Mask in Semiconductor
The mask, a critical component, is composed of a fused silica substrate coated with a chromium layer. The circuit pattern is initially transferred to the electron-sensitized layer, also known as the electron resist. This pattern is then duplicated onto the underlying chromium layer to form the final mask. The patterns on a mask correspond to one level of an IC design, and the overall layout is segmented into distinct mask levels aligning with the manufacturing process sequence.
Masks employed in semiconductor manufacturing, particularly for the production of integrated circuits (ICs), are intricately crafted reduction reticles. The initial step in maskmaking involves the utilization of a computer-aided design (CAD) system. Designers employ this system to comprehensively articulate the electrical circuit patterns. Subsequently, the digital data generated by the CAD system is employed to steer a pattern generator, which, in turn, operates as an electron-beam lithographic system. This system directly transfers the specified patterns onto an electron-sensitized mask.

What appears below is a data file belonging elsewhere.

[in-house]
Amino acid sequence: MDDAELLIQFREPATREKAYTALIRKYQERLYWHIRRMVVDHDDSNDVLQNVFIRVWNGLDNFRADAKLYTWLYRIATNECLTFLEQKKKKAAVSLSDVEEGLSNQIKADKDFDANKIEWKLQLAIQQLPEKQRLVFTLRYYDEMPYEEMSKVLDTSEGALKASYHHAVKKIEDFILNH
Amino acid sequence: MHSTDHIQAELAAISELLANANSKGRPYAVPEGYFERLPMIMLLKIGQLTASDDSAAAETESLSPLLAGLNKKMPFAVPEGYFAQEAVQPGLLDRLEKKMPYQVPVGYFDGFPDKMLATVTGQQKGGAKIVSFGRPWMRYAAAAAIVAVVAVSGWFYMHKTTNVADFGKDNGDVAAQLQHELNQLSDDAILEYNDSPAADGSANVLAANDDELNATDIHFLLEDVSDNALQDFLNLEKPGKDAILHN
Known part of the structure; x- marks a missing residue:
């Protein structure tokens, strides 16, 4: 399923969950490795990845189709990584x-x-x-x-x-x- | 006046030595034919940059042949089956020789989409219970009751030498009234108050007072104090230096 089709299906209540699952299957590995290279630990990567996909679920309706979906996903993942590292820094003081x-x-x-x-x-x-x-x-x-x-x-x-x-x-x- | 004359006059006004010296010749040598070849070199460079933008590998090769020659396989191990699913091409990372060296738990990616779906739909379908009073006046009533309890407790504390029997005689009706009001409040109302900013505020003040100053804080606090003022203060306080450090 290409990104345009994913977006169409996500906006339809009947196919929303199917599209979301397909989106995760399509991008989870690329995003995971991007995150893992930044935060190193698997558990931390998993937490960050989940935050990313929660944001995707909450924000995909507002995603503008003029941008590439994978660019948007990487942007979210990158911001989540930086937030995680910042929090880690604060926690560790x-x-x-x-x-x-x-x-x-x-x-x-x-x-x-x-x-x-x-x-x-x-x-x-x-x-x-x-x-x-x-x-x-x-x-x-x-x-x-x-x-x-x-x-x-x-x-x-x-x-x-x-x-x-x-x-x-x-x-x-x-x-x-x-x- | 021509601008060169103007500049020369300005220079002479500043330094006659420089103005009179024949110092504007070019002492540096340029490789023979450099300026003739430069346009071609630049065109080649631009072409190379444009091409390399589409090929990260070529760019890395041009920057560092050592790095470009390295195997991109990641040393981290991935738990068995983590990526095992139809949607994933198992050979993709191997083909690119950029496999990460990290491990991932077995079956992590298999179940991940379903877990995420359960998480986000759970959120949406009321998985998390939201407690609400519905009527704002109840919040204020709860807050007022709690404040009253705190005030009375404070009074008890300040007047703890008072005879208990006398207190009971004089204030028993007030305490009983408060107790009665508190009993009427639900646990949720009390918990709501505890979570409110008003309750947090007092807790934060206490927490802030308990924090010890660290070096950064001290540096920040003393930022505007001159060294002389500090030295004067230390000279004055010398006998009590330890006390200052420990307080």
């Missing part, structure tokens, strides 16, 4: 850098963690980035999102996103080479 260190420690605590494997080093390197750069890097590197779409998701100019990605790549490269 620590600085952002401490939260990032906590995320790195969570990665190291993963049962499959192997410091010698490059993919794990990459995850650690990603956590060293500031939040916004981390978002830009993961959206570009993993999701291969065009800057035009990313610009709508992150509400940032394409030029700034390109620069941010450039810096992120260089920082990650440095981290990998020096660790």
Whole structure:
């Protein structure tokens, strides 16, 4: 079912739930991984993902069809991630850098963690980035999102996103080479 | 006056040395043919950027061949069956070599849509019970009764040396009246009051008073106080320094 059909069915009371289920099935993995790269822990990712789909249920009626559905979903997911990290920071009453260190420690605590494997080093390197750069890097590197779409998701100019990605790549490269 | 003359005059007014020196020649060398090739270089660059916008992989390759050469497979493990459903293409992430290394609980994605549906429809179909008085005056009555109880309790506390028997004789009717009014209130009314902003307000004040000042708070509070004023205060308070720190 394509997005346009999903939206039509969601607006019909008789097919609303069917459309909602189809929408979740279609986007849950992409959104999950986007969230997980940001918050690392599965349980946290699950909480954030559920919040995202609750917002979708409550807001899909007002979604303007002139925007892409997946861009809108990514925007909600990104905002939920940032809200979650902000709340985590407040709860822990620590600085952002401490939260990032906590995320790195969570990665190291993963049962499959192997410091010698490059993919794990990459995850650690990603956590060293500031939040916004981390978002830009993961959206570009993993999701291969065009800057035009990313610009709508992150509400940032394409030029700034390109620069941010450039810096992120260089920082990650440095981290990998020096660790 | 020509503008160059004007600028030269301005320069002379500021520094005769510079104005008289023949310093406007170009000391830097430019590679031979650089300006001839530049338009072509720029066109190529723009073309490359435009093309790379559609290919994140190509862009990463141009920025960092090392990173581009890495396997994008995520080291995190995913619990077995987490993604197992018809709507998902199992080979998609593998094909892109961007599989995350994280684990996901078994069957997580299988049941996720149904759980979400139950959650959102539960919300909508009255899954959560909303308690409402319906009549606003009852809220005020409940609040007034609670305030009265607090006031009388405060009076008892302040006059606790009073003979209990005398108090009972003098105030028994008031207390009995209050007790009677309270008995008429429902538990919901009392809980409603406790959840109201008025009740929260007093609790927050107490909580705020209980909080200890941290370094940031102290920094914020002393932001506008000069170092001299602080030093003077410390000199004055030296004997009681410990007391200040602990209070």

Typically, a complete IC process cycle necessitates 15–20 different mask levels. The standard-size mask substrate is a 15 × 15 cm square fused-silica plate, 0.6 cm thick. This specific size accommodates the lens field sizes for optical exposure tools. The thickness is imperative to minimize pattern placement errors arising from substrate distortion. Fused silica is chosen for its low coefficient of thermal expansion, high transmission at shorter wavelengths, and mechanical strength.
Defect density poses a significant concern in mask production. Defects can be introduced during mask manufacturing or subsequent lithographic processes, and even a small defect density profoundly impacts the final IC yield. Yield, defined as the ratio of good chips per wafer to the total number of chips per wafer, is crucial for determining the efficacy of the semiconductor manufacturing process. Consequently, rigorous inspection and cleaning procedures are imperative to ensure high yields, especially in the fabrication of large chips. An ultraclean processing area is deemed mandatory for photolithographic processing to mitigate defects and optimize semiconductor production.